What is there to do at Mayfield Lavender Farm?
Besides taking photos you can enjoy a lavender infused cream tea, shop all the anxiety and stress relieving lavender based products your heart desires or take your self-care game to another level with a yoga class in the lavender field itself. Curious? I thought so…
Mayfield Lavender gift shop
Located on the right hand side of the entrance to the field is Mayfield Lavender’s outdoor gift shop where you can find just about every lavender product you can imagine from lavender scented perfumes to culinary lavender flowers.
My personal favourite Mayfield Lavender products are:
Sleep Angel pillow mist
You can also shop their products at Mayfield Lavender Nursery.
The price point is higher than most but at the same time their range of products is impressive.
Mayfield Lavender Farm Café
Due to people littering – remember to leave with everything you came with – Mayfield Lavender no longer allow picnics within their lavender field. If you get peckish whilst visiting you have two choices for eating at Mayfield Lavender Farm: the kiosk or the outdoor café.
The kiosk is located in the centre of the field near the big tree. This chrome trailer sells a variety of drinks, muffins and scones as well as a few gifts such as soap and posies of dried lavender. Under the big tree, next to the kiosk is limited seating where you can pause to enjoy the treat you just purchased – it’s also the only spot of shade in the field.
The open-air café is located next to the shop at the entrance of the farm. The menu is pretty impressive considering it’s located in a field, offering sandwiches, panini, alcoholic beverages, cakes, cream teas and afternoon tea.
Luxury Lavender Yoga Experience
Running from June 1st to August 31st is ‘Luxury Lavender Yoga Experience’ with Amanda Wass. Sign up for this class and you’ll be able to practise yoga either during sunrise or sunset within Mayfield Lavender’s field.
Is it yet another white person charging people for a yoga class, looks that way, but if you’re boujee like that then it sounds like a super relaxing and stress-free workout to either start or end your day.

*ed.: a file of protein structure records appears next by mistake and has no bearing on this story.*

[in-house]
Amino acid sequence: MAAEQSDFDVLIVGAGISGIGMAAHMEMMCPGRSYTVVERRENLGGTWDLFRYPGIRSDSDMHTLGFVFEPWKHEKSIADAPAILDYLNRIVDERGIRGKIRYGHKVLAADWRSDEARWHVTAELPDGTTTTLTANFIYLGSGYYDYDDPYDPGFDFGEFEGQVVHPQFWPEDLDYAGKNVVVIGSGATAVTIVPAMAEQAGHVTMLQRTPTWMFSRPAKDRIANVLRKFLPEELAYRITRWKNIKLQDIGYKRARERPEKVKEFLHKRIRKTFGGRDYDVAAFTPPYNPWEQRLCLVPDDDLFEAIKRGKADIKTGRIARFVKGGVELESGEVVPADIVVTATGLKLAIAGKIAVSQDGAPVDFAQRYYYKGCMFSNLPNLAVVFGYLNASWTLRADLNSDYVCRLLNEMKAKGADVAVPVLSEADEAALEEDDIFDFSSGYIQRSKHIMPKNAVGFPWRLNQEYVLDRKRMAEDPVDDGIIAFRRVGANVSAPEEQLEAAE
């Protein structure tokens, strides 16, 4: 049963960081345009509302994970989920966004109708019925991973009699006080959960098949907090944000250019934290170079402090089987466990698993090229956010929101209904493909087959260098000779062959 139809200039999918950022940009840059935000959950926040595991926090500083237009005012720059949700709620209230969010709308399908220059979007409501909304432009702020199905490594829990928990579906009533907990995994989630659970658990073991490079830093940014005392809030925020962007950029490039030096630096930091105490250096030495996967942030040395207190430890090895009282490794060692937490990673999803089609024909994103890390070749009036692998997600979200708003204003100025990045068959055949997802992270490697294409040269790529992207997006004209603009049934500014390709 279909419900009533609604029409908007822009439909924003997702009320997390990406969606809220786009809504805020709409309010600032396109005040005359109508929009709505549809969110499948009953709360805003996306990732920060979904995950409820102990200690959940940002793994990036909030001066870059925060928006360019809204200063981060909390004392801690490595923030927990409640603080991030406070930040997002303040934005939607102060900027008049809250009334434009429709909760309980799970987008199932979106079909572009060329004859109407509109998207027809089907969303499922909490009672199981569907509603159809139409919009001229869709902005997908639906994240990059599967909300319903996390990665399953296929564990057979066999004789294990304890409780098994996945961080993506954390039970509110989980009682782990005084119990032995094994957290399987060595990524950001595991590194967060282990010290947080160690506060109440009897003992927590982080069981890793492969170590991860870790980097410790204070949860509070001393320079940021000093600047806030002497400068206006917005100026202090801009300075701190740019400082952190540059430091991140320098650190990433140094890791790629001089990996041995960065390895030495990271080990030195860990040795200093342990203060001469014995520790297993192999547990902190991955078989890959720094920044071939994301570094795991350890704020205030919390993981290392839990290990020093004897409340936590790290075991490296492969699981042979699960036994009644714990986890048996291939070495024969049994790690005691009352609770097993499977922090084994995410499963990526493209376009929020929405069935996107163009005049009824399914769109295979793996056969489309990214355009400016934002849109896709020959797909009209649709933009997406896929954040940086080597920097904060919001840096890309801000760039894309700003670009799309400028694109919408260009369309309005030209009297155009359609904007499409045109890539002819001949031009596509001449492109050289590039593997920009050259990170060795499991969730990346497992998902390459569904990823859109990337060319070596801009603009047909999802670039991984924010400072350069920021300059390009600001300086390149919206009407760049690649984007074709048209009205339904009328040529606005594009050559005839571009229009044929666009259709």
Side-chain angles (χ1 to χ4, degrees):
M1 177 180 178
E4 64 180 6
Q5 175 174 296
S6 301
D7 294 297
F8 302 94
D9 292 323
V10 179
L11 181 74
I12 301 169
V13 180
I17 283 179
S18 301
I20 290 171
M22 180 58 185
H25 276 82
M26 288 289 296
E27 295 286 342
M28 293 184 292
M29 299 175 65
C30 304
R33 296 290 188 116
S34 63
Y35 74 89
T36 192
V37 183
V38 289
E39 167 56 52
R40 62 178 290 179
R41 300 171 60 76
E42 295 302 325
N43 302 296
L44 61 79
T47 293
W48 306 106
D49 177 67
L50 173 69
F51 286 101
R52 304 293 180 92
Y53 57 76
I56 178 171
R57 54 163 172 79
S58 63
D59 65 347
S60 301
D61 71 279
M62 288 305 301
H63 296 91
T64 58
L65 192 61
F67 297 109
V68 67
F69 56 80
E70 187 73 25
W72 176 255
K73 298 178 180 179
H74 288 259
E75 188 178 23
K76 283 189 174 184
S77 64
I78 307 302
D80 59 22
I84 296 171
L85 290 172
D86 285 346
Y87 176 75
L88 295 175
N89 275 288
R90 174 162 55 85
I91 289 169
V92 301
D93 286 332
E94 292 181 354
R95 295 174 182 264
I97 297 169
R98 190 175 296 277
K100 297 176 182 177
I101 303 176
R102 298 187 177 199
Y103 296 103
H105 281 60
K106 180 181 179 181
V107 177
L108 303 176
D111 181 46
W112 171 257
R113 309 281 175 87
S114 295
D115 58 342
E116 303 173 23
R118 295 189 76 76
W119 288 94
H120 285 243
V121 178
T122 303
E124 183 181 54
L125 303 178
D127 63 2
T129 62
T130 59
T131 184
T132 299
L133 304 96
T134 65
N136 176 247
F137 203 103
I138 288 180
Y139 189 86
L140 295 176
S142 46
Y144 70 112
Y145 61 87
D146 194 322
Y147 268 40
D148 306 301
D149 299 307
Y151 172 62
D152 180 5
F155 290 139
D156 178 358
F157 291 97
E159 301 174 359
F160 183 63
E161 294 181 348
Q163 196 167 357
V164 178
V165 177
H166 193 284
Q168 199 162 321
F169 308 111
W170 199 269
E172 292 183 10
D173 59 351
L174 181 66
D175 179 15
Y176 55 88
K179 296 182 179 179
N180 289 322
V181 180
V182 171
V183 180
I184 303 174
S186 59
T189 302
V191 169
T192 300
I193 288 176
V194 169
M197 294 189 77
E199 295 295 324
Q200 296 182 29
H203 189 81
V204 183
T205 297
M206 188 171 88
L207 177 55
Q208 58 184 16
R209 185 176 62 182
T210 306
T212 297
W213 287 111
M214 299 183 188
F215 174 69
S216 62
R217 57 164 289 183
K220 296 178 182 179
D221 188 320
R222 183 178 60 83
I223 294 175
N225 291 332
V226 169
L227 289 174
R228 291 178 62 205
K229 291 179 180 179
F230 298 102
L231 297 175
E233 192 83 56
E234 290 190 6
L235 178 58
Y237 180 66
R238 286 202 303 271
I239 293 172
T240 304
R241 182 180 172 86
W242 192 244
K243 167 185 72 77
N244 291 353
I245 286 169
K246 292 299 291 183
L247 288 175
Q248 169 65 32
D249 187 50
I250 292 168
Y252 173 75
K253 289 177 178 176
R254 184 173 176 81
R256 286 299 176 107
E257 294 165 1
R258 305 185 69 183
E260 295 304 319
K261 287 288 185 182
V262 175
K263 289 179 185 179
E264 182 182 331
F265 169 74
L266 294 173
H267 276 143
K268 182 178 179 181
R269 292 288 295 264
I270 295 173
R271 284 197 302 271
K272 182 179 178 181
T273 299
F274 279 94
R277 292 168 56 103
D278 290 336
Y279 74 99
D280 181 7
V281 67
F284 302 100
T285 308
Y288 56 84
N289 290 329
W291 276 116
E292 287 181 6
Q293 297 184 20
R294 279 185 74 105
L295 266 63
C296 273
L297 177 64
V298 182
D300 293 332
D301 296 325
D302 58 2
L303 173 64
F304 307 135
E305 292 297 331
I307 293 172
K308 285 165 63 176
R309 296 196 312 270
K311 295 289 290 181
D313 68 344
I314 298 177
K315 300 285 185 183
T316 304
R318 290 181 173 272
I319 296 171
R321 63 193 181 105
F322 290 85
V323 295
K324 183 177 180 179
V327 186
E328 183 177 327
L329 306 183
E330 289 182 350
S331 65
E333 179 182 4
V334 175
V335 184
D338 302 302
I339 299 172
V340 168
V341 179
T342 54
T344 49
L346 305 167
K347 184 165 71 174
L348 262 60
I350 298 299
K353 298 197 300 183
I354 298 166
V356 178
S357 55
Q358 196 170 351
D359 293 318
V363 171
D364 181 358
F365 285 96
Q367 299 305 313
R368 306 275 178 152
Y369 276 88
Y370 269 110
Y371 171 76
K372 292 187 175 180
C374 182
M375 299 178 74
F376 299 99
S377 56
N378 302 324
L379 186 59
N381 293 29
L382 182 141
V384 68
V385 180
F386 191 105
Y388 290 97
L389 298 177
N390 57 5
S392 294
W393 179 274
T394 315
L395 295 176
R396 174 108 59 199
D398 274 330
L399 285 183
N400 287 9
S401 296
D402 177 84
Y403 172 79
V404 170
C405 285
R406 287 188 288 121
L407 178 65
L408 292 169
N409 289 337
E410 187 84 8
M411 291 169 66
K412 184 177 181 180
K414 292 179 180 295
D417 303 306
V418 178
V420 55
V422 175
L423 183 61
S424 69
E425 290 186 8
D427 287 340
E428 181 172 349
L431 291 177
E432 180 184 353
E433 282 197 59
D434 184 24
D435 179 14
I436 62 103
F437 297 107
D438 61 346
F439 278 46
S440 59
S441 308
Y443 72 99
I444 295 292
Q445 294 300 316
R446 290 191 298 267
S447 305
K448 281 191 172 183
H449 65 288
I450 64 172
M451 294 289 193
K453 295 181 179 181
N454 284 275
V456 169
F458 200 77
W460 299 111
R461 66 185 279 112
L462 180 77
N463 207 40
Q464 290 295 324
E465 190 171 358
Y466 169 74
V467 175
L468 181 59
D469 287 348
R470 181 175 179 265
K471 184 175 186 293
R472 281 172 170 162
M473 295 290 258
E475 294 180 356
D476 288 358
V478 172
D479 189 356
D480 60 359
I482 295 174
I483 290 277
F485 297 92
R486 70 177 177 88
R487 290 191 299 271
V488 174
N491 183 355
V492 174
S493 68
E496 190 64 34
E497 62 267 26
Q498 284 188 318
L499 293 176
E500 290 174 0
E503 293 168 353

Each session lasts for 1 hour 15 minutes and costs £30 per person, book here if you’re interested.
Amanda’s yoga classes get you access to the field before/after it opens/closes to the public so if you’re able to go this is your best chance of taking photos with no one else in them.
What’s the difference between Mayfield Lavender Farm and Mayfield Lavender Nursery?
Mayfield Lavender Farm is where you will find the 25 acre large field of lavender. It’s where you want to go for all your lavender field fancies such as taking photos for the gram just like every other basic bish on Instagram (myself included), taking deep inhales of one of the best scents in the world and making friends with bees. It’s also where you will find the café and one of two of their shops.
Mayfield Lavender Nursery has 12 acres of lavender and fruit trees and has a gift shop selling fruit trees and lavender plants as well as their full range of lavender products made with their homegrown lavender. Unfortunately Mayfield Lavender Nursery is undergoing renovations which means for the time being only the shop is available to visit.
As the nursery is only a 7 minute drive from the field, if you are driving I would recommend going there to shop their lavender products to avoid the long queue at the farm gift shop.
Which lavender field has the red telephone box?
If you’ve seen photos on social media of a red telephone box (a British icon) in a field of lavender and wondered where it is, you’re not alone. The red phone box is at Mayfield Lavender Farm located in the south of Greater London, Southwest of Croydon.
The red phone box is near the start of the field on the right hand side where the café is. Despite arriving before the opening time listed on the website, the queue to the telephone box formed quickly and it was only good for standing next to it for a hasty snap. If you have your heart set on shooting with the phone box then be willing to wait at the gate and race over there as quickly as possible.
There is also a red tractor within the lavender, located to the right of the phone box, if you want a more country bumpkin vibe to your photos or if you’re bringing kids. The tree in the centre of the field also makes for a beautiful background feature.
Are there toilets at Mayfield Lavender Farm?